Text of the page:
Risk aversion is key driver of yen

The Japanese yen (JYN) continued to be in demand despite the drop in geopolitical risk arising out of the US-North Korea tensions. In the beginning of the previous week, which ended on August 18, the Japanese yen (FXY) gave up all its gains to reach 110.60 to the US dollar (UUP), but the gains were reversed as political uncertainty in the US prompted investors to seek refuge in the safe-haven yen. Japan reported its trade data last week and the trade balance for July was reported at 419 billion against a market expectation of 392 billion. Estimated 2Q GDP came in sharply above expectations with quarter-over-quarter growth estimated at 1% and year-over-year growth projected at 4%.

Japanese equity markets (EWJ) remained weak as the yen rallied in the previous week with the Nikkei 225 (JPXN) posting a weekly loss of 0.44%.

Will Risk Aversion Increase the Demand for Japanese Yen This Week?

Speculators reduced bearish bets on the yen

The Japanese yen speculators continued to remain bullish on the currency in the previous week. As per the latest Commitment of Traders (or COT) report, released on August 18 by the Chicago Futures Trading Commission (or CFTC), currency market speculators’ net positions have fallen 18,321 contracts. The total net speculative positions stood at -77,492 contracts as compared to -95,813 contracts in the week before. This data is only up to August 15, and long positions would have further increased after the rise of risk aversion in the last three sessions of the week.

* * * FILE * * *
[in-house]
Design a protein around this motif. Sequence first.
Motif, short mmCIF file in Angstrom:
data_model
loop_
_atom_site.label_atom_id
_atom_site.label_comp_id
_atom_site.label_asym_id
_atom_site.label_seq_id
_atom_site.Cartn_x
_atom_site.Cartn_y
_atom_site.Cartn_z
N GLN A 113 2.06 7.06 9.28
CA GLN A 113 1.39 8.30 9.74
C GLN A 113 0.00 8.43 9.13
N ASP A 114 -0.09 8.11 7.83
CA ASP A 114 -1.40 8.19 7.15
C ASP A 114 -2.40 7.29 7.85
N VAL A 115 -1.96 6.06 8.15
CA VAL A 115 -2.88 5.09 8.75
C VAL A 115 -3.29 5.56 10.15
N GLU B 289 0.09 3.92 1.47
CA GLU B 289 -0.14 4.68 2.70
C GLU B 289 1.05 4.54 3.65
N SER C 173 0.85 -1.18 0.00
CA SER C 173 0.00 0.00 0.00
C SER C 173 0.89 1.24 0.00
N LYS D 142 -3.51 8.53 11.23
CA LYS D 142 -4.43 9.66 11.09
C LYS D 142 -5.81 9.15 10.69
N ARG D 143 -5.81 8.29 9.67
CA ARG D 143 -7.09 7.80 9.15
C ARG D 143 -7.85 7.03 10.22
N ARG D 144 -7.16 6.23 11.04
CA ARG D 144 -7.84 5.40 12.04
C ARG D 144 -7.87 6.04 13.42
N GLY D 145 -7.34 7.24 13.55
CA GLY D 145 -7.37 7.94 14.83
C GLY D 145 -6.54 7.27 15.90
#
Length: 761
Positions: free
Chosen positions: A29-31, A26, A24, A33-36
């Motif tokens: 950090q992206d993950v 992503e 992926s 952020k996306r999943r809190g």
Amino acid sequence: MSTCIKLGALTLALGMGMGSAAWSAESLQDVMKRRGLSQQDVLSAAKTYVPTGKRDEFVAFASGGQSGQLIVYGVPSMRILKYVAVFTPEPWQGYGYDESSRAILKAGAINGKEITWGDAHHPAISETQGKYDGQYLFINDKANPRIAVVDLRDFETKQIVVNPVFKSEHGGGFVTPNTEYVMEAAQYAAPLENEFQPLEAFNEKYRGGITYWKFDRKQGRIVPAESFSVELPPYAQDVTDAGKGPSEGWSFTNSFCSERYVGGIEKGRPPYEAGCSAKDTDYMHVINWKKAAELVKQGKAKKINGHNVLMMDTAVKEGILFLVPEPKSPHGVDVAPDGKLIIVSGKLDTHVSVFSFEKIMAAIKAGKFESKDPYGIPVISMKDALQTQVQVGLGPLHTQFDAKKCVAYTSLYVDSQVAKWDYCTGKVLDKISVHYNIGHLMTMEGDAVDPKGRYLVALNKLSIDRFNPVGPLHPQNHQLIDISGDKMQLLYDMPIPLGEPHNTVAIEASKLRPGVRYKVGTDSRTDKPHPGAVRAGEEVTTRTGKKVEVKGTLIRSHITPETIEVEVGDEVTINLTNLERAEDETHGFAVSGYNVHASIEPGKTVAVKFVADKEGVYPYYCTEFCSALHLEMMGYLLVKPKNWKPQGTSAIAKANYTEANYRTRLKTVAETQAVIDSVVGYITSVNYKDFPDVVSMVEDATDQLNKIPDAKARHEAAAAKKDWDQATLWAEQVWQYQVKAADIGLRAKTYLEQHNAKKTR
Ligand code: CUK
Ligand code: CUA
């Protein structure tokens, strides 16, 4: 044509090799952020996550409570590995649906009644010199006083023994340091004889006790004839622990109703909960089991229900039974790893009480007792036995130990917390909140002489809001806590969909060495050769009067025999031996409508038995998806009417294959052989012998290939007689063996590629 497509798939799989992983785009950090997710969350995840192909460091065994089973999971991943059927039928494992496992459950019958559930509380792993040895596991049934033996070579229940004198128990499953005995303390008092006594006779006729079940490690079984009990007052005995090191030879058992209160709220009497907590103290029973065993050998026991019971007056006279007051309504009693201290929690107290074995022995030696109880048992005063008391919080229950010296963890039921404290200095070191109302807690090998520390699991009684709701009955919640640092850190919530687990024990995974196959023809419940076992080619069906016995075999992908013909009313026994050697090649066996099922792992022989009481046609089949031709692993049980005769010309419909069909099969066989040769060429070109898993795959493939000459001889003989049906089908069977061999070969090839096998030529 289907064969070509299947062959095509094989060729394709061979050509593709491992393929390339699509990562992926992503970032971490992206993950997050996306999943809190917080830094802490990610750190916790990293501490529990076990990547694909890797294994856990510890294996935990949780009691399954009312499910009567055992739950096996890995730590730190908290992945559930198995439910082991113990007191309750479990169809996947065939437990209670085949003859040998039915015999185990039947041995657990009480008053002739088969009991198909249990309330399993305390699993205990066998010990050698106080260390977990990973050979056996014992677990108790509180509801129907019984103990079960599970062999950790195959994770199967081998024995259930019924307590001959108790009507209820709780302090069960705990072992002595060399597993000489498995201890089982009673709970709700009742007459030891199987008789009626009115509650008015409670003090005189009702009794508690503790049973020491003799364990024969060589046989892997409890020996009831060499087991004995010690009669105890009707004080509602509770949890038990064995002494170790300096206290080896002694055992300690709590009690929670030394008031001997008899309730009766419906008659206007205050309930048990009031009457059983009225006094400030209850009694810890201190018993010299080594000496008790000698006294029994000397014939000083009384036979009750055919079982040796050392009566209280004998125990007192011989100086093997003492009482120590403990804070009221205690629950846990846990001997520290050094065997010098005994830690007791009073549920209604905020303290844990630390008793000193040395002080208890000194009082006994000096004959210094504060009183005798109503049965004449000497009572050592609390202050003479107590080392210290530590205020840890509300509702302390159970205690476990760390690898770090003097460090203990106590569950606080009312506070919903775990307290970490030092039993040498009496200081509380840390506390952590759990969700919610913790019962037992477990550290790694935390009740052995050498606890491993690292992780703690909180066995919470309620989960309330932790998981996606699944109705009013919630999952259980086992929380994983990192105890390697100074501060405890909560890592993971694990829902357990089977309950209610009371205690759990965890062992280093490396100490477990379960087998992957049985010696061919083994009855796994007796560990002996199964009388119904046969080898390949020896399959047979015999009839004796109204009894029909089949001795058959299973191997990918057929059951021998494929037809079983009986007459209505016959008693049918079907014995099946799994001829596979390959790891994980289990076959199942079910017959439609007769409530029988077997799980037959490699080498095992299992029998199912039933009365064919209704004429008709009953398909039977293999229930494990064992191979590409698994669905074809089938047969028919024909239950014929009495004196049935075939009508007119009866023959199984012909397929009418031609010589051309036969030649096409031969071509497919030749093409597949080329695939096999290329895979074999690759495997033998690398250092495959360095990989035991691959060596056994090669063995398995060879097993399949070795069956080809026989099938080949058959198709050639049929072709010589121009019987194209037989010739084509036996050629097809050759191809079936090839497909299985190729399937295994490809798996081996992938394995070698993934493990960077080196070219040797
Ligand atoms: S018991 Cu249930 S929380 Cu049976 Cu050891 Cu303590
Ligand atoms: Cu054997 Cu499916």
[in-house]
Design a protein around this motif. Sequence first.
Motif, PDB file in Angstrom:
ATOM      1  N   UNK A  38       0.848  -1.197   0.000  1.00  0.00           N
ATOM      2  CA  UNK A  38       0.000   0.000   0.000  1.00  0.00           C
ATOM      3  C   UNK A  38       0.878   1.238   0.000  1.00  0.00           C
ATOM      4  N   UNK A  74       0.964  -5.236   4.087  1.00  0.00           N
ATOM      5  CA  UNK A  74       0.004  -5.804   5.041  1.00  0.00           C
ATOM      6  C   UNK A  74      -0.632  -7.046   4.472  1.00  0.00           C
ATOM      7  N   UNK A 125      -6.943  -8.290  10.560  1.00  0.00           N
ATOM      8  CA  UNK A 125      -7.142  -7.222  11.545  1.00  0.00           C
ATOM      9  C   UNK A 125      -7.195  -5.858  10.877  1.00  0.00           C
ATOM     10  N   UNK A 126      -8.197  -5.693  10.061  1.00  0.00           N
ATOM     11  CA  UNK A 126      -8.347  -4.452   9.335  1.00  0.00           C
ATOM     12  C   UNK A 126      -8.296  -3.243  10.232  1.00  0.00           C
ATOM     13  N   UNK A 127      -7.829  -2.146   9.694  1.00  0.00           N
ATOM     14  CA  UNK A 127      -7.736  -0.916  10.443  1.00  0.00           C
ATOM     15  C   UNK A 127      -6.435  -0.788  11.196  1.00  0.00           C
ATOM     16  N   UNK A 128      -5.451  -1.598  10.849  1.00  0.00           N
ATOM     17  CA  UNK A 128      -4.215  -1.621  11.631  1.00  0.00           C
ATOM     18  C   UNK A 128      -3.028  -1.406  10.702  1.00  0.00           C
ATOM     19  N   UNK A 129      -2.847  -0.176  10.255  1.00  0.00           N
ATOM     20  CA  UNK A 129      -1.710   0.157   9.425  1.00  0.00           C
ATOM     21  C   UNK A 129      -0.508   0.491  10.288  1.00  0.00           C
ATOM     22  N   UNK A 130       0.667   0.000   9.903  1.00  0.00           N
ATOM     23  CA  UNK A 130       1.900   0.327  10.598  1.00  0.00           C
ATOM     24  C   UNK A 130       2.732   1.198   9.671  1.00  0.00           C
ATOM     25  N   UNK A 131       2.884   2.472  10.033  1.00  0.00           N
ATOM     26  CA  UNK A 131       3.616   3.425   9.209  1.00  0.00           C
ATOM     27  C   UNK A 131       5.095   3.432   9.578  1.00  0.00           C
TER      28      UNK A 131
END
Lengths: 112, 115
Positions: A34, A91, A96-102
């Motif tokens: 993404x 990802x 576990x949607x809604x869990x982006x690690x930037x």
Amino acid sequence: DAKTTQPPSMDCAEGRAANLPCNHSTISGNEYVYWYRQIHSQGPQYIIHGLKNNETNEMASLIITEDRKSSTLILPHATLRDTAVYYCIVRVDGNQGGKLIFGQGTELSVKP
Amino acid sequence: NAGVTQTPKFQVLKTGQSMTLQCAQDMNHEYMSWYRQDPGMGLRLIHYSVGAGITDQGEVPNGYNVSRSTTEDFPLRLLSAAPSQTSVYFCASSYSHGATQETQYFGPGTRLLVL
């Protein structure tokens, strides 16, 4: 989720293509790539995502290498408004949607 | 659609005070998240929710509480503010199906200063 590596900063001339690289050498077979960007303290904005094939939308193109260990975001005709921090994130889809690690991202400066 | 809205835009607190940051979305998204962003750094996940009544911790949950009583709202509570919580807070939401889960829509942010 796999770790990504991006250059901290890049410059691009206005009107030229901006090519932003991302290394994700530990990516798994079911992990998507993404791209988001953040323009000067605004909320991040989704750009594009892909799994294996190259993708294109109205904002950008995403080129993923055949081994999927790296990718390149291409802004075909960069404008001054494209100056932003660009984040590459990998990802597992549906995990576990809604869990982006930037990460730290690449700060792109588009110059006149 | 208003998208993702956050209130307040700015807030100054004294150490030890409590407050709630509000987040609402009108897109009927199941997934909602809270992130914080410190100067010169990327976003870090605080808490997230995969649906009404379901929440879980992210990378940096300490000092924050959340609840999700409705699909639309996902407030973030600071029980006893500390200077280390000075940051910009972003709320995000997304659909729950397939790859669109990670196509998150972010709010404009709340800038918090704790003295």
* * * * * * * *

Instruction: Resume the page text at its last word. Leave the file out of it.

Will there be continued demand for the yen this week?

Core CPI is the only important data release from Japan this week and is unlikely to have any major impact. The key driver for the yen would be the risk-on/risk-off status of the global markets. If risk aversion from the previous week continues, we can expect the Japanese yen to test the 108 levels this week.

Latest articles

15 Jul

Will Amazon Prime Day 2019 Break 2018's Record?

WRITTEN BY Jitendra Parashar

This year, Amazon extended its Prime Day to 48 hours instead of the 36-hour sale in July 2018, making the 2019 event the longest Prime Day ever.

In a series of tweets on Monday, Trump today weighed in on China’s GDP growth, which came in at a 27-year low.

15 Jul

OrganiGram's Third-Quarter Earnings

WRITTEN BY Adam Jones

On Monday morning, OrganiGram's third-quarter earnings came in as a bit of a let-down. Here's why.

Trump is reportedly planning to increase the content of US-made steel in federal projects, which would be a lifeline for US steel companies.

Huawei is preparing for “extensive layoffs” in the US, which could put the US-China trade deal on the rocks.

With Q2's Netflix earnings just around the corner, here's what you can expect from the online streaming giant and the broader streaming space.